54% of Canadians say they want to see a change in government and believe there is a good alternative while 17% believe that Justin Trudeau and the Liberals deserve to be re-elected. All of these measures are within a narrow band we have measured for the past few months.

Impressions of Justin Trudeau are static. 58% have a negative impression of the Prime Minister and 26% have a positive view for a net score of -32.

In contrast, impressions of Pierre Poilievre have deteriorated slightly in the past few weeks. Today 38% have a positive impression while 37% have a negative impression for a net score of +1.

Feelings about NDP Leader Jagmeet Singh have improved with 35% having a negative view and 32% having a positive view for a net score of -3.

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What Should and Would a Poilievre-led Conservative government do?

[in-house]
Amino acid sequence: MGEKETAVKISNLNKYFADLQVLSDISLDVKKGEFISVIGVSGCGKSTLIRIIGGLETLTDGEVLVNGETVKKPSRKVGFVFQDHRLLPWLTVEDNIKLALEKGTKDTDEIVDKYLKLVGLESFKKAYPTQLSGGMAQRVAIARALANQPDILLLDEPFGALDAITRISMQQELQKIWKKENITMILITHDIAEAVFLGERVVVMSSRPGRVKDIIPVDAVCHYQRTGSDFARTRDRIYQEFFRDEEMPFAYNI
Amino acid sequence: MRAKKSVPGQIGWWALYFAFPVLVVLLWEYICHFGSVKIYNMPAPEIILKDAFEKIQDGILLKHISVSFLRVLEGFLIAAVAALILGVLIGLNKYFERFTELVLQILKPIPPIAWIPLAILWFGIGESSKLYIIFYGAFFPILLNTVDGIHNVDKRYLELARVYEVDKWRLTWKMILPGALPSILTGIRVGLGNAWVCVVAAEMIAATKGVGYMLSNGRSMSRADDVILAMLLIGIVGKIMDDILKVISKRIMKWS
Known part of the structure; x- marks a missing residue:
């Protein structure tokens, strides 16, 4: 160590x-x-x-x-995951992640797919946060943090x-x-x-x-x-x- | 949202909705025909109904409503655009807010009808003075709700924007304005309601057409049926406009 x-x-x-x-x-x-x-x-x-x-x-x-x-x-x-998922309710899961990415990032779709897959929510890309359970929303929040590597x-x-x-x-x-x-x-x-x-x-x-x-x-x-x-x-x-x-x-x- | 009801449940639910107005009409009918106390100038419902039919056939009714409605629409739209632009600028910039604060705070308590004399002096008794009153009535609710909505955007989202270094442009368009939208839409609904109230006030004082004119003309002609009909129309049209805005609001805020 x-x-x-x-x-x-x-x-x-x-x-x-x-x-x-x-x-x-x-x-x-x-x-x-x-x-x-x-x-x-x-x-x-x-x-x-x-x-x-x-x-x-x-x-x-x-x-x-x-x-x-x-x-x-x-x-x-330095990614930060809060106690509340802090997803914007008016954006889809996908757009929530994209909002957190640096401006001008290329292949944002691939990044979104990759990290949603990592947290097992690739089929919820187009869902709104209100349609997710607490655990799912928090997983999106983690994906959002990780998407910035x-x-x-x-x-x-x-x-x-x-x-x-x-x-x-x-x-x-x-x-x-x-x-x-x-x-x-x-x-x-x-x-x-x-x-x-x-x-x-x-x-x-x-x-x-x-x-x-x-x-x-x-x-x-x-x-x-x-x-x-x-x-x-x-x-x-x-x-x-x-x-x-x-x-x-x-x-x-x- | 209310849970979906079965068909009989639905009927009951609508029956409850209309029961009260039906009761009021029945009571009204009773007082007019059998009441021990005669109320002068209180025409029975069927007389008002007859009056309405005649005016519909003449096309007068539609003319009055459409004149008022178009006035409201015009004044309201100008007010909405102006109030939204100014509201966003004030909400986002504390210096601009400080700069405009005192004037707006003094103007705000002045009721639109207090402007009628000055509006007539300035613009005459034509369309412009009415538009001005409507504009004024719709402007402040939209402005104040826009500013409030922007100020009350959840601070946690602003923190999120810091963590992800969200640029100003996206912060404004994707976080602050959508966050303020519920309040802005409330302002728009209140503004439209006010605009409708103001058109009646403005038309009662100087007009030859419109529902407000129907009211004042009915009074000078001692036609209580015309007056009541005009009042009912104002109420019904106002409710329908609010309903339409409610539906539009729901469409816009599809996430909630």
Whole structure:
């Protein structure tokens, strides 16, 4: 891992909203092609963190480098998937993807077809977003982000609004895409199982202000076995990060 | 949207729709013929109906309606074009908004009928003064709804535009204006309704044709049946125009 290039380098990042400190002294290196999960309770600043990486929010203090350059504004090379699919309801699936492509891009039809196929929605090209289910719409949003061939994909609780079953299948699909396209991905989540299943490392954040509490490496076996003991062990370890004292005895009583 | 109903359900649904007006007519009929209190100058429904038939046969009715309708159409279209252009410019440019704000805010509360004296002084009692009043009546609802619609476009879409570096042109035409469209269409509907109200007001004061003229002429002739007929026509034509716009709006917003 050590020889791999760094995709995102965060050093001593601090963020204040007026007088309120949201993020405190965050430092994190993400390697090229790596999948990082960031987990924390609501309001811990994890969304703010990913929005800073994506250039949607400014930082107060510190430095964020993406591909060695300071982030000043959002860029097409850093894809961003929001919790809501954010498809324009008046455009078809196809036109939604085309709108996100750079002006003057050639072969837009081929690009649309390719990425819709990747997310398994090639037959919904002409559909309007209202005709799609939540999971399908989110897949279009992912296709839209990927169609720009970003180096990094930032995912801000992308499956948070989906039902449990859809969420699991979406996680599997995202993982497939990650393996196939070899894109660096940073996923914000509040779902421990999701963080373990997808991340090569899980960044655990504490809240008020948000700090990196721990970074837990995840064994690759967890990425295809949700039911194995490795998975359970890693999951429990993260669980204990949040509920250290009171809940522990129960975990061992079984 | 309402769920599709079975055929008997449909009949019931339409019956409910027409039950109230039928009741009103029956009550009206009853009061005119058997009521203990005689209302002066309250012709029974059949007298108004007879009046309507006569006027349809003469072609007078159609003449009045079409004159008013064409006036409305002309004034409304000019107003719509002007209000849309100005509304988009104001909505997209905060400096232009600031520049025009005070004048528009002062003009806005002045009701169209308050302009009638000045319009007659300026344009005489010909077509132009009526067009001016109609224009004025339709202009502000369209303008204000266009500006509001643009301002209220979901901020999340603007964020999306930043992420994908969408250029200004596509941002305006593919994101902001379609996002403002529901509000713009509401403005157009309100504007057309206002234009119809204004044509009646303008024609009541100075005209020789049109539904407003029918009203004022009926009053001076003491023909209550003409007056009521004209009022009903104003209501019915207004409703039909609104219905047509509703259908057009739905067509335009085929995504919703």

Back in December, I conducted a survey asking Canadians about their expectations and desires for a hypothetical Conservative government led by Pierre Poilievre. On this latest survey, I revisited these questions. I think these questions can help us understand whether the Conservatives have been successful at setting the agenda, whether its larger coalition today is fundamentally different than the smaller one last spring, and what the Liberals might need to do to make the Conservative seem unacceptable to more people.

First, few Canadians are certain that a Conservative government would do any of the things we tested but they are more certain than anything else they will eliminate the national carbon tax. This was the case in December, and remains the case today.

Compared with December, more Canadians now believe that the Conservatives will make housing more affordable (43%, +4), will eliminate the carbon tax (61%, +3), and will end the national dentalcare program (43%, +3). They are also much more likely to believe that the Conservatives, if elected, won’t welcome as many immigrants to Canada as the Liberals (64%, +6).

On the issue of abortion, there hasn’t been a big shift in perceptions about this. 41% of Canadians think a Poilievre-led Conservative government will definitely or probably make it harder for women to have an abortion while 35% think it wouldn’t. Those unsure about this are down 3 to 24%.